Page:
So unless you’re basically a compulsive underage gambler/terrorist, you can bet to your heart’s content in France. But before you pack your bags, know this: French law also states that each sportsbook has to have a minimum hold of 15%. P-ew, as in Pepe Le.

This all bears the question: Is there any chance government officials here in America will step up and tell sportsbooks they can’t pick and choose their customers? Probably not, honestly, though one Illinois legislator may end up accidentally doing just that.

Accidental legislation

“Well, that makes the bill even better,” said Illinois state Rep. Jaime M. Andrade Jr. when I pointed out his bill — the Anti-Click Gambling Data Analytics Collection Act — would, as written, kind of prevent sportsbooks in Illinois from limiting sportsbook bettors.

But that wasn’t his main intent. It was geared toward online casino gaming.

“I don’t want these companies figuring out your thought process with artificial intelligence,” Andrade told me. “When you double down, when you fold, when you hit. They can save all this information and then bait you to lose whenever they want. I know there are safeguards in place, algorithms, but sometimes you have to put it in writing that you can’t do this.”

The bill, as written, states simply, “No entity that operates a remote gambling platform or a subsidiary of the entity shall collect data from a participant with the intent to predict how the participant will gamble in a particular gambling or betting scenario.”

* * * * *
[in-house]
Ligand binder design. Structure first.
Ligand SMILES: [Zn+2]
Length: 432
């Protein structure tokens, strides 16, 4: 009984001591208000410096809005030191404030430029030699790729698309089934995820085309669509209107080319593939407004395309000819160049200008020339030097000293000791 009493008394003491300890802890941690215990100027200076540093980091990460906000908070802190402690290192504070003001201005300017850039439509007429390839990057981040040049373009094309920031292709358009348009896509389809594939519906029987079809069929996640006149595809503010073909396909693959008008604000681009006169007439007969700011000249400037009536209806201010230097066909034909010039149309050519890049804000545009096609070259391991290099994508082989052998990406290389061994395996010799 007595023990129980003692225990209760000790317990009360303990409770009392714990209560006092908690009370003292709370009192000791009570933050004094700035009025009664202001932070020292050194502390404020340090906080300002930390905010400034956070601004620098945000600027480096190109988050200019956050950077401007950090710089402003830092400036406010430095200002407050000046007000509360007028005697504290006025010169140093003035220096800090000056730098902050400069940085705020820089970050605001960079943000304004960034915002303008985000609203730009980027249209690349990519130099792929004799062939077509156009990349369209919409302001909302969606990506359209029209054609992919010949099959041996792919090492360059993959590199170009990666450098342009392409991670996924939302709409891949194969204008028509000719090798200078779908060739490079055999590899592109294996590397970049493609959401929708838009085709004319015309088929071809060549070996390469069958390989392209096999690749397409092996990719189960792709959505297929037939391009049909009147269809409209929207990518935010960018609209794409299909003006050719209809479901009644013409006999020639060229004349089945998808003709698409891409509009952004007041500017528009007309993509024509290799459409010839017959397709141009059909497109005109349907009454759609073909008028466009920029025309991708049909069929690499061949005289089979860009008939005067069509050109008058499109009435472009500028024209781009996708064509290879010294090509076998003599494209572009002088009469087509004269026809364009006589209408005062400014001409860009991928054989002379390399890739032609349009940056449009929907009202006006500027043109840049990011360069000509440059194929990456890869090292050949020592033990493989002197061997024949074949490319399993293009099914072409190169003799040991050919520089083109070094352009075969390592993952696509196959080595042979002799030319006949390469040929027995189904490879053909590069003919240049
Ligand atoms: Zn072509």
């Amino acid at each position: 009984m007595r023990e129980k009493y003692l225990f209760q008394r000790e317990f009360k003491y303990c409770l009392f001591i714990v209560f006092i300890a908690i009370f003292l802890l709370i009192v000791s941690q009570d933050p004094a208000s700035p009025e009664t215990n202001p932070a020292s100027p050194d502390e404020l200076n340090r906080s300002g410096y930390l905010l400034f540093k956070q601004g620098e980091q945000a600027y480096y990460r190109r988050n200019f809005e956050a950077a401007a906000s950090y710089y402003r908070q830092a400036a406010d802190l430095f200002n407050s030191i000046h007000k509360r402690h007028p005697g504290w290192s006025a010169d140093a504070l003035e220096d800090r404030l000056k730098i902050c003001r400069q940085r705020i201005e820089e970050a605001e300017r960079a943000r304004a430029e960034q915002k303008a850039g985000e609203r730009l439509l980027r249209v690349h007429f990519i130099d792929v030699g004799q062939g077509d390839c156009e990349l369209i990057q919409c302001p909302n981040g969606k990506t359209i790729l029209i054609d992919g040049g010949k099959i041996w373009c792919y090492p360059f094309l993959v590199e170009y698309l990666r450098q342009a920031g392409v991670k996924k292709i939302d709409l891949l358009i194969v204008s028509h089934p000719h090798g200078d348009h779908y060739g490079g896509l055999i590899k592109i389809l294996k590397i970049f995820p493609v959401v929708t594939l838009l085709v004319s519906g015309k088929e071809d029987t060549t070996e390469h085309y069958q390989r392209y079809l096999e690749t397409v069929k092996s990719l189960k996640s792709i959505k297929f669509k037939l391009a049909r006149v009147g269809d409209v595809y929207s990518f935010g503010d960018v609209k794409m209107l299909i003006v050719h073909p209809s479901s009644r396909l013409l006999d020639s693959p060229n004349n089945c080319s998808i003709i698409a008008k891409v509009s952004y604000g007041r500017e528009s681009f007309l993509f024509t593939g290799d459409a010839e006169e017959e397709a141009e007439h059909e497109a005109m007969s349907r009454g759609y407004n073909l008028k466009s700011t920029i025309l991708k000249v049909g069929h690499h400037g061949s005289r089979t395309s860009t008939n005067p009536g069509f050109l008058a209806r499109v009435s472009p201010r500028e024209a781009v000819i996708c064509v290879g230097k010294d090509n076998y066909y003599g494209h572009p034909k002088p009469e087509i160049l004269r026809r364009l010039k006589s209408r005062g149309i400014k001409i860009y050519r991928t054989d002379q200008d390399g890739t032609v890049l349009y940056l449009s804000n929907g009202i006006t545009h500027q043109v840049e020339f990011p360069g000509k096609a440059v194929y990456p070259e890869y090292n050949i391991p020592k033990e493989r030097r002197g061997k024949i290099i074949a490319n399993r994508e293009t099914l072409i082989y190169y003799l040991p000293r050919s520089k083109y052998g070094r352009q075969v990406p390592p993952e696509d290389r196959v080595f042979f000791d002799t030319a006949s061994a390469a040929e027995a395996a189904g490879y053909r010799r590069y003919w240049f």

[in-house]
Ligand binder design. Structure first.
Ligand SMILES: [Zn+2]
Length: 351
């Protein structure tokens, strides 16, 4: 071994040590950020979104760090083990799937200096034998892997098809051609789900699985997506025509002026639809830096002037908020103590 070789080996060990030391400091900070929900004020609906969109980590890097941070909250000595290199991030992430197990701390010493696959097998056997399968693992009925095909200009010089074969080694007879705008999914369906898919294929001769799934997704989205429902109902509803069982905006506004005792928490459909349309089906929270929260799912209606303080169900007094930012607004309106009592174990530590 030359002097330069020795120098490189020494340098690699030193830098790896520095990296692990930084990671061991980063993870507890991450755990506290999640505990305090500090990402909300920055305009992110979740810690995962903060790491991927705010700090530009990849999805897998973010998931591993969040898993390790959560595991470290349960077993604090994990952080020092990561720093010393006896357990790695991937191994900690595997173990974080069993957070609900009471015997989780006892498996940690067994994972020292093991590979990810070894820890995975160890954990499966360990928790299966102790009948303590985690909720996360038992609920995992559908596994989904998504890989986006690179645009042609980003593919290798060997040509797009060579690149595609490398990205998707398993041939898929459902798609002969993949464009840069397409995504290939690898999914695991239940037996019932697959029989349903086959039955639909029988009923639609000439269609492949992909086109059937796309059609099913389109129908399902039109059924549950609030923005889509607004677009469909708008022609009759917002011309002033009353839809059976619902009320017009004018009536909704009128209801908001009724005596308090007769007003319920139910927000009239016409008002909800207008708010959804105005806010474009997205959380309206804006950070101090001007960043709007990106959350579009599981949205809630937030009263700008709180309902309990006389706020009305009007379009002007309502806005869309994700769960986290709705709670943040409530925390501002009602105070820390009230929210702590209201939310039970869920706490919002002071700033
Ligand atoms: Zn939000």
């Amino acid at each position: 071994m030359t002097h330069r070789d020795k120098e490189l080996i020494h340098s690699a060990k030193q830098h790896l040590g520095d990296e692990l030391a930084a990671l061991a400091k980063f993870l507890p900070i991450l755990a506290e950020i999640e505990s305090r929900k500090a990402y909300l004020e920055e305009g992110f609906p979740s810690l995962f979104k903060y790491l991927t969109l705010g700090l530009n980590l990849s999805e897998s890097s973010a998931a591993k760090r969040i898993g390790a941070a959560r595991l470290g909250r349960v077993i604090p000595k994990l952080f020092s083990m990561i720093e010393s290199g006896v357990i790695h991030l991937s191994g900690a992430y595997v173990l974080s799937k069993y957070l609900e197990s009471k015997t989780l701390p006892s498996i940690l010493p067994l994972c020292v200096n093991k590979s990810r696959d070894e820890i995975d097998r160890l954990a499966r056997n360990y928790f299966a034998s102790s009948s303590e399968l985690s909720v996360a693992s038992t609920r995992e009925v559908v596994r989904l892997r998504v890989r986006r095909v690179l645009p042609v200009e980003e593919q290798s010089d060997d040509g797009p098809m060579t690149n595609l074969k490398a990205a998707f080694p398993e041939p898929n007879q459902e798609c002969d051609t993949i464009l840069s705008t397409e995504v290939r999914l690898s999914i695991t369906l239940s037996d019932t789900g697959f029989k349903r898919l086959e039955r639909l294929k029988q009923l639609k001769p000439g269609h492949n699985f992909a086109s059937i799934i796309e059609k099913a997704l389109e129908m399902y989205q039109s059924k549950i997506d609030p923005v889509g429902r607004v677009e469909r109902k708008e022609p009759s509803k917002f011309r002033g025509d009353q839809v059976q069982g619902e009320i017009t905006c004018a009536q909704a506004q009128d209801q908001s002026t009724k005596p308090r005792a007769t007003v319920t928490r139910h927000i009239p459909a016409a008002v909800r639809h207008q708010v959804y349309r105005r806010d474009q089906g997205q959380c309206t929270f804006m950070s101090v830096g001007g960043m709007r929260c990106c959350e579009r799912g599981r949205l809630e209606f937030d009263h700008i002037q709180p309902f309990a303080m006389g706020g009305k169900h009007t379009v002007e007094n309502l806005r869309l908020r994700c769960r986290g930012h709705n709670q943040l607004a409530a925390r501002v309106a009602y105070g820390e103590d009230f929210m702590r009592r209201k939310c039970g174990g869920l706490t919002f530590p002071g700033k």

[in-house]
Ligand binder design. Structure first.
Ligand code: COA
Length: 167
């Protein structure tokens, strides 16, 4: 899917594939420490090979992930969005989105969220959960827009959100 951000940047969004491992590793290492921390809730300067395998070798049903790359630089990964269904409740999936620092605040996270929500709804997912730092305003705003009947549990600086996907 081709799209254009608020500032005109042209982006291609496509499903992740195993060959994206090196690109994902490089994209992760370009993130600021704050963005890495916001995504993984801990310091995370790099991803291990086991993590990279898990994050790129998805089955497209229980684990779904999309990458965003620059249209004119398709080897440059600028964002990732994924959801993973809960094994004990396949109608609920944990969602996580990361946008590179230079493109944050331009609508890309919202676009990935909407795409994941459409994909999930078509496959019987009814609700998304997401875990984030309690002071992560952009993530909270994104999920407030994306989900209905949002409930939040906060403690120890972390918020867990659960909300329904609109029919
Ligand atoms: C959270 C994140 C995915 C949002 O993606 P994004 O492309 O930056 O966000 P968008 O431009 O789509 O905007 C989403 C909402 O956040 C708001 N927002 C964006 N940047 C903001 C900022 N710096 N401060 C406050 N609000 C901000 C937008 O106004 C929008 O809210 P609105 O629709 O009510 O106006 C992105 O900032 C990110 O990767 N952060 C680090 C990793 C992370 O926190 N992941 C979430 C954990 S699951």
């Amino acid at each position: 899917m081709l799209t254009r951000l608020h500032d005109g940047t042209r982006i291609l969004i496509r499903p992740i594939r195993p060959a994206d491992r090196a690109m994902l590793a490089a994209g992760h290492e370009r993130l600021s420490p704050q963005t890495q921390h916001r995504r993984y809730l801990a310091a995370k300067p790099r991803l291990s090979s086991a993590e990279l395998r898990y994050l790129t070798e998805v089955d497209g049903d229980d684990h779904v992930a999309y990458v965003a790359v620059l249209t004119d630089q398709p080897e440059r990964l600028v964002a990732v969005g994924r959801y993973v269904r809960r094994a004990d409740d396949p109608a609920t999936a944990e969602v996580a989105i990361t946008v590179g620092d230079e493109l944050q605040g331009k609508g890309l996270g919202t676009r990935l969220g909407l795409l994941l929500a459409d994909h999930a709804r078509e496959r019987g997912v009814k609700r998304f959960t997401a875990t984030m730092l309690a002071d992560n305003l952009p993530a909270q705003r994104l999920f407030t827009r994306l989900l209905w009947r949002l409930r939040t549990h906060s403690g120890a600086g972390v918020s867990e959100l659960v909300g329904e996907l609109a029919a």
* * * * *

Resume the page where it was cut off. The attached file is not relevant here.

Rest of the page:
Think about the effect that would have on sportsbooks: While the law wouldn’t explicitly make limiting players illegal, the sportsbooks wouldn’t be allowed to use any data to predict how you’re going to bet the next time you wager.

Net result? It would make limiting players impossible, at least by the current standards the sportsbooks use (whatever they are). I mean, on what grounds could a sportsbook limit someone if they’re not allowed to use previous data, if each bet is seen, legally, as its own individual wager and not part of an ongoing whole?

Hopefully the sportsbooks don’t even realize it yet,” Andrade said. “I’m going to try and move it in the next session. Just because you’re good at sports betting doesn’t mean they should be able to ban you from betting. That’s not right.”

Happy little accident, this bill might end up being.

“I have no problem with any gambling operation keeping track of your data,” Andrade said. “They just shouldn’t be able to use it to predict your gambling.”

Reasonable take, if you ask me. And that’s your sports betting limit update for the time being. Now let’s all enjoy some Liberace.

Photo: Shutterstock